May 19, 2004
BY LESLIE GRIFFY Chicago Sun-Times Springfield Bureau
SPRINGFIELD -- Lawmakers are hoping '70s sex kitten Bo Derek can "bring focus" to important legislative issues.
That's why the star of the movie "10" came to Springfield Tuesday to lobby against the slaughter of horses for meat.
Powerbrokers were listening -- and posing for photos. "I am a horse man now," said one lobbyist.
Rep. Robert Molaro (D-Chicago), who sponsored a previously failed measure to keep a DeKalb horse slaughtering plant from opening, said Derek would help lawmakers see how it's wrong to kill horses and sell their meat overseas for people to eat.
"She is going to crystallize the issue," Molaro said. "The budget is very important, but there are other issues."
Derek, 47, best known for the cornrows and bikini she donned in the 1979 film, said she has been spokeswoman for the anti-horse slaughter movement for 10 weeks and will speak before a Senate committee about the issue today. The proposal, which failed in the House, has been given new life in the Senate.
"I will be stopping [lawmakers] in the halls, whatever it takes," Derek said of her lobbying efforts.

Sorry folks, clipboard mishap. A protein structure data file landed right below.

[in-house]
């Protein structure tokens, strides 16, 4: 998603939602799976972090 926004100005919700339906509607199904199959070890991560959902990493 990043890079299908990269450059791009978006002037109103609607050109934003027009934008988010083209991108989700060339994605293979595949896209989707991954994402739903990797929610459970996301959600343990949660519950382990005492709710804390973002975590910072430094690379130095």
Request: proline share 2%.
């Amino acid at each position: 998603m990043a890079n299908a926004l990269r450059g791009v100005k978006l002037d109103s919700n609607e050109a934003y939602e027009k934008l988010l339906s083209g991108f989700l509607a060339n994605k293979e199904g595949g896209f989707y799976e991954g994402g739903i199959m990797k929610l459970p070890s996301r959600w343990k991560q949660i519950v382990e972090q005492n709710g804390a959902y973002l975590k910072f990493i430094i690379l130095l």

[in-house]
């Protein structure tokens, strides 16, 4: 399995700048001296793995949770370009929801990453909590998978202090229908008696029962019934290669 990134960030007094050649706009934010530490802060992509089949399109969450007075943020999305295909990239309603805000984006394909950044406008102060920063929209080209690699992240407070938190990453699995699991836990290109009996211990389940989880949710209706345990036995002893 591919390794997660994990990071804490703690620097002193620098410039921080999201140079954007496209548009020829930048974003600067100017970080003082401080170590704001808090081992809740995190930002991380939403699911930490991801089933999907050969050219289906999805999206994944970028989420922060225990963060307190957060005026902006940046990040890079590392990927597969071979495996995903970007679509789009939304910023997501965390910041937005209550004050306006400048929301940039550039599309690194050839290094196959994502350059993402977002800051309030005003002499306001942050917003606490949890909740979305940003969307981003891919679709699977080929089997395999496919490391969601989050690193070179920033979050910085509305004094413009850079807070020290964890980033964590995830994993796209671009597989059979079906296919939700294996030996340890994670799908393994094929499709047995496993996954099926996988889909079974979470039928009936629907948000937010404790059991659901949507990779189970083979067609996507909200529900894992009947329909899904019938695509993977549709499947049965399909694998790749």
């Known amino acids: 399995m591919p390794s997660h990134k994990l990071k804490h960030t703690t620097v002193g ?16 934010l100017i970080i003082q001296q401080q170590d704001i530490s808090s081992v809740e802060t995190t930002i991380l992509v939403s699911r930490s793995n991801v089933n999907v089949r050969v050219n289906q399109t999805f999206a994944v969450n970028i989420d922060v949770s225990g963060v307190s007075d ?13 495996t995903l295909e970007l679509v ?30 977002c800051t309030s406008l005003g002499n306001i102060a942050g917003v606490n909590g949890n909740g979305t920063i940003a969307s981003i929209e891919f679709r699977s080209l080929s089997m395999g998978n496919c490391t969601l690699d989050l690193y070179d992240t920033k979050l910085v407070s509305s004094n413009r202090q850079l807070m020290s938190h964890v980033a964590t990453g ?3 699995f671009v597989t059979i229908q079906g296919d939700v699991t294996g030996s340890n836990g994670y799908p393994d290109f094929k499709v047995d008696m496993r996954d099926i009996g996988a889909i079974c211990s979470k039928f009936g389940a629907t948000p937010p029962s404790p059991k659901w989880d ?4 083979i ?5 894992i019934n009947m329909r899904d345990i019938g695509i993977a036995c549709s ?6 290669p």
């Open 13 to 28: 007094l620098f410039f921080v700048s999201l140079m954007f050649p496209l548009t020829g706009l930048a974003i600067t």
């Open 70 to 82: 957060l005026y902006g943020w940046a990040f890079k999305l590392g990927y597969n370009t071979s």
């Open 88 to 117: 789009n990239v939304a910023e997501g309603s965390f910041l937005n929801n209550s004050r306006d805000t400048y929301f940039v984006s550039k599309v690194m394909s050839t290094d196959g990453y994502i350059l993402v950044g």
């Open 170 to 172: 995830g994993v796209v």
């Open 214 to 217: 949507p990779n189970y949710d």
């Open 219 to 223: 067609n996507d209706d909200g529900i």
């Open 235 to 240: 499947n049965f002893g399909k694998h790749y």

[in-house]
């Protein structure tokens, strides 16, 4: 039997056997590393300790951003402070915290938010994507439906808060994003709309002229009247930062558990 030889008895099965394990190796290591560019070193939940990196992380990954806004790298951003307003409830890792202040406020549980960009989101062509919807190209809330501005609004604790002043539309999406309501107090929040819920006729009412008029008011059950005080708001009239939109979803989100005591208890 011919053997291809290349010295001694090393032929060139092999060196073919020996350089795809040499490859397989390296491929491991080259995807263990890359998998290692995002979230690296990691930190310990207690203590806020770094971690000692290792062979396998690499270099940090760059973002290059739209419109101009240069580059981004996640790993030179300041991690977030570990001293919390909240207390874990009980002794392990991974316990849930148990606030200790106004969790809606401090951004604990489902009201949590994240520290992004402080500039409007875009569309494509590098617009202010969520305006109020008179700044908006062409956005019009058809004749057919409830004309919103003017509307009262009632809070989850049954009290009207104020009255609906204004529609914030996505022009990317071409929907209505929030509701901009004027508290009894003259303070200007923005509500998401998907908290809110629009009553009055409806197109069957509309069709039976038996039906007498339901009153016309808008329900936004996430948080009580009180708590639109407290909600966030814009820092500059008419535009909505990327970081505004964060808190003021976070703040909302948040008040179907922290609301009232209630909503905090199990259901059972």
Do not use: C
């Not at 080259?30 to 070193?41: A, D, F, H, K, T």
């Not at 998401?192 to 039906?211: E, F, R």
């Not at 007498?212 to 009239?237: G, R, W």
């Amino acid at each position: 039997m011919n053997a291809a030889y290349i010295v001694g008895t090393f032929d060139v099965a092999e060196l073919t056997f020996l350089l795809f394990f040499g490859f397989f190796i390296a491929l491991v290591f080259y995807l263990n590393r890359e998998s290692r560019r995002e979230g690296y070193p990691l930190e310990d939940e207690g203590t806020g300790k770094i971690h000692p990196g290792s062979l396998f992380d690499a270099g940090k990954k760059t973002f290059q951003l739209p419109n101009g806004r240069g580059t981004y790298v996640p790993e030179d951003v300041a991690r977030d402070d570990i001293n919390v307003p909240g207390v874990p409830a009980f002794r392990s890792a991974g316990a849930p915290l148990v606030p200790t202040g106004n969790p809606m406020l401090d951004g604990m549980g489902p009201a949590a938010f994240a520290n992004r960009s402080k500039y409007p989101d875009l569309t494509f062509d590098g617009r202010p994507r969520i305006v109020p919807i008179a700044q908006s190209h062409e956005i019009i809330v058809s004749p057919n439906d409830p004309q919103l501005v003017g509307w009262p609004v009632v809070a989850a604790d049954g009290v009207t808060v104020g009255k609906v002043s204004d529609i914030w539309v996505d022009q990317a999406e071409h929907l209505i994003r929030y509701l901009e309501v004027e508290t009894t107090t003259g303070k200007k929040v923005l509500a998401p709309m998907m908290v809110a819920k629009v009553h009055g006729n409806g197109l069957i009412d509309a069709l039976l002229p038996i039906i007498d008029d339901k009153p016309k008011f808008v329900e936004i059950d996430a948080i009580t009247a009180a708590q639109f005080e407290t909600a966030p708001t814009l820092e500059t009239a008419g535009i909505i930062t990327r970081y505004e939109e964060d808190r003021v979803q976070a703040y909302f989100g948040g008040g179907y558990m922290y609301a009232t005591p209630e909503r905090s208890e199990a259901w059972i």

But, judging by the reaction at a reception sponsored by the National Horse Protection Coalition, she might be the one stopped in halls. During the event, a reporter asked her to sign a 45 record from the movie.
"Every time a celebrity comes, people want to find out what they are all about," said Rep. Terry Parke (R-Hoffman Estates). "You can look at her. She is still charming."
The plant, which employs 40 people and is scheduled to open this week, is in Rep. Robert Pritchard's (R-Hinckley) district. He isn't sure star power will be enough to garner the five votes the bill was short last time it was considered in the House.
"I've talked to lots of people under 30 who don't know who she is," Pritchard said.
Still Derek got more attention Tuesday than Lucky, a horse saved from slaughter in 1987.
Lucky was trucked in from Chicago, where he works three nights a week at the Noble Horse Theater. Despite his handlers' best attempts, Lucky was excluded from many of the lawmakers' photos. One supporter of the measure suggested only "yes" votes be allowed to snap a picture with the star.
As Sen. Louis Viverito (D-Burbank), a member of the committee handling the horse slaughter issue, and his wife were leaving, they asked Molaro to meet them for dinner.
Molaro refused, saying, "I have to see what Bo wants to do."
Supporters believe that this kind of buzz in the Capitol will help push the measure through.
"It's exciting to have a celebrity help us pass this bill," said Senate sponsor John Cullerton (D-Chicago).